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Author Topic: [SOLVED]Zoom on view using too much ressources  (Read 1956 times)

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schizo-boy

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[SOLVED]Zoom on view using too much ressources
« on: July 06, 2013, 02:32:21 pm »
Hello,
My colleague and I ran into an issue with views.
The following method

void    GameWindow::redrawMap(const int width, const int height, const bool recreateMap)
{
    sf::View view, view2;
    sf::RectangleShape rect;
    int altColor = 0;
    int posX = 0, posY = 0;
    int caseWidth = 32, caseHeight = 32;
    int sidePanelWidth = 200;
    sf::Sprite sidepanelImage;

    sidepanelImage.setTexture(sidePanel);
    screenWidth = caseWidth * 20 + sidePanelWidth;
    screenHeight = caseHeight * 20;
    if (recreateMap)
        renderWindow.create(sf::VideoMode(screenWidth, screenHeight), "UI", sf::Style::Titlebar | sf::Style::Close);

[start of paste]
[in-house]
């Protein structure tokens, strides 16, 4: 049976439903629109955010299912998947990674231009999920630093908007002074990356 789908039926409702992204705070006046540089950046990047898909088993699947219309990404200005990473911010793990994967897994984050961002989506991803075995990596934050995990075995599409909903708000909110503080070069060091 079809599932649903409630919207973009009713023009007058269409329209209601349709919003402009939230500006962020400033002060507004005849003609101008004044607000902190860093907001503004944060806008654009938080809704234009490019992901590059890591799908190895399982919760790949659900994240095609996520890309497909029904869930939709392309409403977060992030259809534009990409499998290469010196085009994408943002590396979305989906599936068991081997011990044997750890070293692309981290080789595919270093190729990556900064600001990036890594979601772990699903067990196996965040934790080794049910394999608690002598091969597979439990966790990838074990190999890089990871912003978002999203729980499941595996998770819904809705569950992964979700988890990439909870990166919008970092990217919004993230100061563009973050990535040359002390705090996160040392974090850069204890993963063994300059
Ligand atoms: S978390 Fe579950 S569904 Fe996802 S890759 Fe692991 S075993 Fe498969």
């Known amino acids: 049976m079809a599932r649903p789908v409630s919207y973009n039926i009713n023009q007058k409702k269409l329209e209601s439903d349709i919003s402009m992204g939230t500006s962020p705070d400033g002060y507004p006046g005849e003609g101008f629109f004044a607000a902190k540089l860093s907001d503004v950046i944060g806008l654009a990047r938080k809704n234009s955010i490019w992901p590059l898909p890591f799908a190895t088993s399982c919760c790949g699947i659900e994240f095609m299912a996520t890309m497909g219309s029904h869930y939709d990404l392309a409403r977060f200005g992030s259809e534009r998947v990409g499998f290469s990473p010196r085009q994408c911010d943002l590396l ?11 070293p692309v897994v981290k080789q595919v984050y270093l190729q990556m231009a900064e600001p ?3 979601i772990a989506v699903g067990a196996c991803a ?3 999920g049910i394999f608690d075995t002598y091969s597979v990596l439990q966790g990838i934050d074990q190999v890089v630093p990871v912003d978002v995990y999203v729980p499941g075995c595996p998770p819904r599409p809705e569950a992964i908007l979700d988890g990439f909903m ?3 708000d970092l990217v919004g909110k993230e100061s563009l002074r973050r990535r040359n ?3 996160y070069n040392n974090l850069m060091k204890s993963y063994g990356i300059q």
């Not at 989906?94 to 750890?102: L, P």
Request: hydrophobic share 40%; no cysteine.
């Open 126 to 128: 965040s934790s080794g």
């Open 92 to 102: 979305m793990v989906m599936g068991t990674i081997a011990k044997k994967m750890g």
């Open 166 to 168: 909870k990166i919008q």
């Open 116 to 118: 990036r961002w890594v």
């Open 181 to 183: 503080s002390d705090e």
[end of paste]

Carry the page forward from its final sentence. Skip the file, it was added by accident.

renderWindow.clear(sf::Color(139, 115, 85));
    rect.setSize(sf::Vector2f(caseWidth, caseHeight));
    rect.setOutlineColor(sf::Color::Yellow);
    rect.setOutlineThickness(1);
    sidepanelImage.setPosition(screenWidth - sidePanelWidth, 0);
    rect.setPosition(posX, posY);
    view.reset(sf::FloatRect(0, 0, screenWidth, screenHeight));
    view.setViewport(sf::FloatRect(0, 0, 1.0f, 1.0f));
    view.zoom(curZoom);
    renderWindow.setView(view);
    while (posY <= caseHeight * height)
    {
        while (posX < caseWidth * width)
        {
            renderWindow.draw(rect);
            rect.setPosition(posX, posY);
            posX += caseWidth;
            rect.setFillColor(sf::Color(0, 123, 12));
            altColor++;
        }
        posX = 0;
        posY += caseHeight;
    }